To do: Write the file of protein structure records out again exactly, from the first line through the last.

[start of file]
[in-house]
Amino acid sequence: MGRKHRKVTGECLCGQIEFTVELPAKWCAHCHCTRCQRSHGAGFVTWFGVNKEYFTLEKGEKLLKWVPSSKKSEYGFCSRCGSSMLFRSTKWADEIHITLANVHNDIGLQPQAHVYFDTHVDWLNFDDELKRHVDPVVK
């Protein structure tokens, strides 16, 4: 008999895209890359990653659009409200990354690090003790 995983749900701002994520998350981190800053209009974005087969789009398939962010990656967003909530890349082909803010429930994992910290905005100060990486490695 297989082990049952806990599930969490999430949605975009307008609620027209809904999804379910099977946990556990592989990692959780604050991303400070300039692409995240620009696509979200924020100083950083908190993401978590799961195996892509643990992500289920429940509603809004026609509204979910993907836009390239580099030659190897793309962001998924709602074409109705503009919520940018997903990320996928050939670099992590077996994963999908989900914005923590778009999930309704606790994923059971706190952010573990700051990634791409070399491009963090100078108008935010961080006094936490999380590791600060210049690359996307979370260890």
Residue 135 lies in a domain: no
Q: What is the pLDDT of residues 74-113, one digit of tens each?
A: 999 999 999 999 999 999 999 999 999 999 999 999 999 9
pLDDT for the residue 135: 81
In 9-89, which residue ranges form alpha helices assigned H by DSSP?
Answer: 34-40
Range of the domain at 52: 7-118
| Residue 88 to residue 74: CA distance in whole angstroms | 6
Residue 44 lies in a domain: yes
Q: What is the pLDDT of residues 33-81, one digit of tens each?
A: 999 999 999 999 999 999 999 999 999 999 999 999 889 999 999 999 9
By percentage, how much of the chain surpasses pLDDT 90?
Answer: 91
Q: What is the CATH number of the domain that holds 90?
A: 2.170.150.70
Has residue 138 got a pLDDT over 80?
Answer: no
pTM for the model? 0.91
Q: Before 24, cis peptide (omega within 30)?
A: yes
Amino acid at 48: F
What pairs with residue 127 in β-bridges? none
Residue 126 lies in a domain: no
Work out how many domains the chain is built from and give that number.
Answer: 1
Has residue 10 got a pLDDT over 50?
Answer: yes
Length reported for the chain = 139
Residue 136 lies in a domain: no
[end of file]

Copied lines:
[in-house]
Amino acid sequence: MGRKHRKVTGECLCGQIEFTVELPAKWCAHCHCTRCQRSHGAGFVTWFGVNKEYFTLEKGEKLLKWVPSSKKSEYGFCSRCGSSMLFRSTKWADEIHITLANVHNDIGLQPQAHVYFDTHVDWLNFDDELKRHVDPVVK
């Protein structure tokens, strides 16, 4: 008999895209890359990653659009409200990354690090003790 995983749900701002994520998350981190800053209009974005087969789009398939962010990656967003909530890349082909803010429930994992910290905005100060990486490695 297989082990049952806990599930969490999430949605975009307008609620027209809904999804379910099977946990556990592989990692959780604050991303400070300039692409995240620009696509979200924020100083950083908190993401978590799961195996892509643990992500289920429940509603809004026609509204979910993907836009390239580099030659190897793309962001998924709602074409109705503009919520940018997903990320996928050939670099992590077996994963999908989900914005923590778009999930309704606790994923059971706190952010573990700051990634791409070399491009963090100078108008935010961080006094936490999380590791600060210049690359996307979370260890």
Residue 135 lies in a domain: no
Q: What is the pLDDT of residues 74-113, one digit of tens each?
A: 999 999 999 999 999 999 999 999 999 999 999 999 999 9
pLDDT for the residue 135: 81
In 9-89, which residue ranges form alpha helices assigned H by DSSP?
Answer: 34-40
Range of the domain at 52: 7-118
| Residue 88 to residue 74: CA distance in whole angstroms | 6
Residue 44 lies in a domain: yes
Q: What is the pLDDT of residues 33-81, one digit of tens each?
A: 999 999 999 999 999 999 999 999 999 999 999 999 889 999 999 999 9
By percentage, how much of the chain surpasses pLDDT 90?
Answer: 91
Q: What is the CATH number of the domain that holds 90?
A: 2.170.150.70
Has residue 138 got a pLDDT over 80?
Answer: no
pTM for the model? 0.91
Q: Before 24, cis peptide (omega within 30)?
A: yes
Amino acid at 48: F
What pairs with residue 127 in β-bridges? none
Residue 126 lies in a domain: no
Work out how many domains the chain is built from and give that number.
Answer: 1
Has residue 10 got a pLDDT over 50?
Answer: yes
Length reported for the chain = 139
Residue 136 lies in a domain: no